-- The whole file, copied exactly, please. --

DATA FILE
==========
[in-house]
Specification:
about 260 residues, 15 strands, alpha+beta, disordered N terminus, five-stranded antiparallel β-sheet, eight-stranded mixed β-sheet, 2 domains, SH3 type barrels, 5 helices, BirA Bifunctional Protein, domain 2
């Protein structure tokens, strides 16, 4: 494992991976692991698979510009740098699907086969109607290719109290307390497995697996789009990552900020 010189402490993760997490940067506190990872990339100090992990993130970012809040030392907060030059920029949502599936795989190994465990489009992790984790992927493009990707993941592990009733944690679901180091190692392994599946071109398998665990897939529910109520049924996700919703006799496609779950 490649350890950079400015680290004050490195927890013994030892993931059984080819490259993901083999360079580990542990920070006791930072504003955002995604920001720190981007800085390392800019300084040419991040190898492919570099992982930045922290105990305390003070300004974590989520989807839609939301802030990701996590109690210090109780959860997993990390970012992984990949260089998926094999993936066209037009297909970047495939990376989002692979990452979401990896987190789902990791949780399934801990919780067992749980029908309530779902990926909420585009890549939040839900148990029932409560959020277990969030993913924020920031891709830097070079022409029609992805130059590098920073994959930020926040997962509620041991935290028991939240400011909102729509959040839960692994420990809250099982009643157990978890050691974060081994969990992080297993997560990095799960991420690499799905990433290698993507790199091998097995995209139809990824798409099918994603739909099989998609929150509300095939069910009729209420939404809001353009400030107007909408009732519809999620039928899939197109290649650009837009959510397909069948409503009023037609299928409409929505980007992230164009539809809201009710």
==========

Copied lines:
[in-house]
Specification:
about 260 residues, 15 strands, alpha+beta, disordered N terminus, five-stranded antiparallel β-sheet, eight-stranded mixed β-sheet, 2 domains, SH3 type barrels, 5 helices, BirA Bifunctional Protein, domain 2
């Protein structure tokens, strides 16, 4: 494992991976692991698979510009740098699907086969109607290719109290307390497995697996789009990552900020 010189402490993760997490940067506190990872990339100090992990993130970012809040030392907060030059920029949502599936795989190994465990489009992790984790992927493009990707993941592990009733944690679901180091190692392994599946071109398998665990897939529910109520049924996700919703006799496609779950 490649350890950079400015680290004050490195927890013994030892993931059984080819490259993901083999360079580990542990920070006791930072504003955002995604920001720190981007800085390392800019300084040419991040190898492919570099992982930045922290105990305390003070300004974590989520989807839609939301802030990701996590109690210090109780959860997993990390970012992984990949260089998926094999993936066209037009297909970047495939990376989002692979990452979401990896987190789902990791949780399934801990919780067992749980029908309530779902990926909420585009890549939040839900148990029932409560959020277990969030993913924020920031891709830097070079022409029609992805130059590098920073994959930020926040997962509620041991935290028991939240400011909102729509959040839960692994420990809250099982009643157990978890050691974060081994969990992080297993997560990095799960991420690499799905990433290698993507790199091998097995995209139809990824798409099918994603739909099989998609929150509300095939069910009729209420939404809001353009400030107007909408009732519809999620039928899939197109290649650009837009959510397909069948409503009023037609299928409409929505980007992230164009539809809201009710």